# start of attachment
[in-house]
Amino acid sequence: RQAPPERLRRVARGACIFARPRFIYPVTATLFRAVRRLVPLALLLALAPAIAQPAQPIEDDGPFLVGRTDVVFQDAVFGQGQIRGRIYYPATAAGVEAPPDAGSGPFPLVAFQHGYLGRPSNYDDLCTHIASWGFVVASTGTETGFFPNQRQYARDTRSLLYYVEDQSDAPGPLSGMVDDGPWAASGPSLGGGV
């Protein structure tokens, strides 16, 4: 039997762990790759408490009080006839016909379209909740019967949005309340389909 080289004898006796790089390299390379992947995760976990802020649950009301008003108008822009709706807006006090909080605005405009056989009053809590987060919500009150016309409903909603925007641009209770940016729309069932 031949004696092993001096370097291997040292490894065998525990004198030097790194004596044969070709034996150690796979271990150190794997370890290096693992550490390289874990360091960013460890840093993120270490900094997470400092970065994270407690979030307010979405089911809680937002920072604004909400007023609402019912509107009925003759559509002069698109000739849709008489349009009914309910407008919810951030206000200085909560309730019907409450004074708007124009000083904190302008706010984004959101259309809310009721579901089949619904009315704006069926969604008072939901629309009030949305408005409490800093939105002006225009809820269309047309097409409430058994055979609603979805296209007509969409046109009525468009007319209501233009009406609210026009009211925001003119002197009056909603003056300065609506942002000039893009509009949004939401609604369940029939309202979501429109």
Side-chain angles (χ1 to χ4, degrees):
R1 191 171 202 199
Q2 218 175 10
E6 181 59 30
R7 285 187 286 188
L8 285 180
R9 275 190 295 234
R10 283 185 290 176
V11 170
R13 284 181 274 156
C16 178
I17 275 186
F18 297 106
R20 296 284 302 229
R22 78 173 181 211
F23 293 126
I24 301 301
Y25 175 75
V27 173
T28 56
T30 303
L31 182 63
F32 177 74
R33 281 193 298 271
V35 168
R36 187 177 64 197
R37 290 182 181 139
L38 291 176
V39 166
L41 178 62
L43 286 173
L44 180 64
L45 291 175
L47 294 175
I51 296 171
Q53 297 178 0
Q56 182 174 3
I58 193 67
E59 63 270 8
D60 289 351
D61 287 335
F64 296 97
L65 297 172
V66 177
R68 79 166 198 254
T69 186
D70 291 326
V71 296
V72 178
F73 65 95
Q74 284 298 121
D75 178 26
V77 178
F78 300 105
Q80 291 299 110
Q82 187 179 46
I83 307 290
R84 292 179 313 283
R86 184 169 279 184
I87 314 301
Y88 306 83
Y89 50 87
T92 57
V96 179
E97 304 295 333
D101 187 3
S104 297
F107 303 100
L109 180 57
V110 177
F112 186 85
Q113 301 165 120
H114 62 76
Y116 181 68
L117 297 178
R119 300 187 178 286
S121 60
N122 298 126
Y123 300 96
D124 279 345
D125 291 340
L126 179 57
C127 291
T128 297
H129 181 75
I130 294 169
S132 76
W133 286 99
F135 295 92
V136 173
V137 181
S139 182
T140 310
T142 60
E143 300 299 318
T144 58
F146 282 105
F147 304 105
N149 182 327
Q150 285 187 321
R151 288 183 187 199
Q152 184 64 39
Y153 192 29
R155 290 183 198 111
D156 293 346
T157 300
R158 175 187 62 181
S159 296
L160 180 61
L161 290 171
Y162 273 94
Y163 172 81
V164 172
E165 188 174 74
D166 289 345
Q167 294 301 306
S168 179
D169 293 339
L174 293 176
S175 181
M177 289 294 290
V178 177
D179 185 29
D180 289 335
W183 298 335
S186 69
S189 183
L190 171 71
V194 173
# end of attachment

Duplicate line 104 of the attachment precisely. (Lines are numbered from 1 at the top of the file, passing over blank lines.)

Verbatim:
R151 288 183 187 199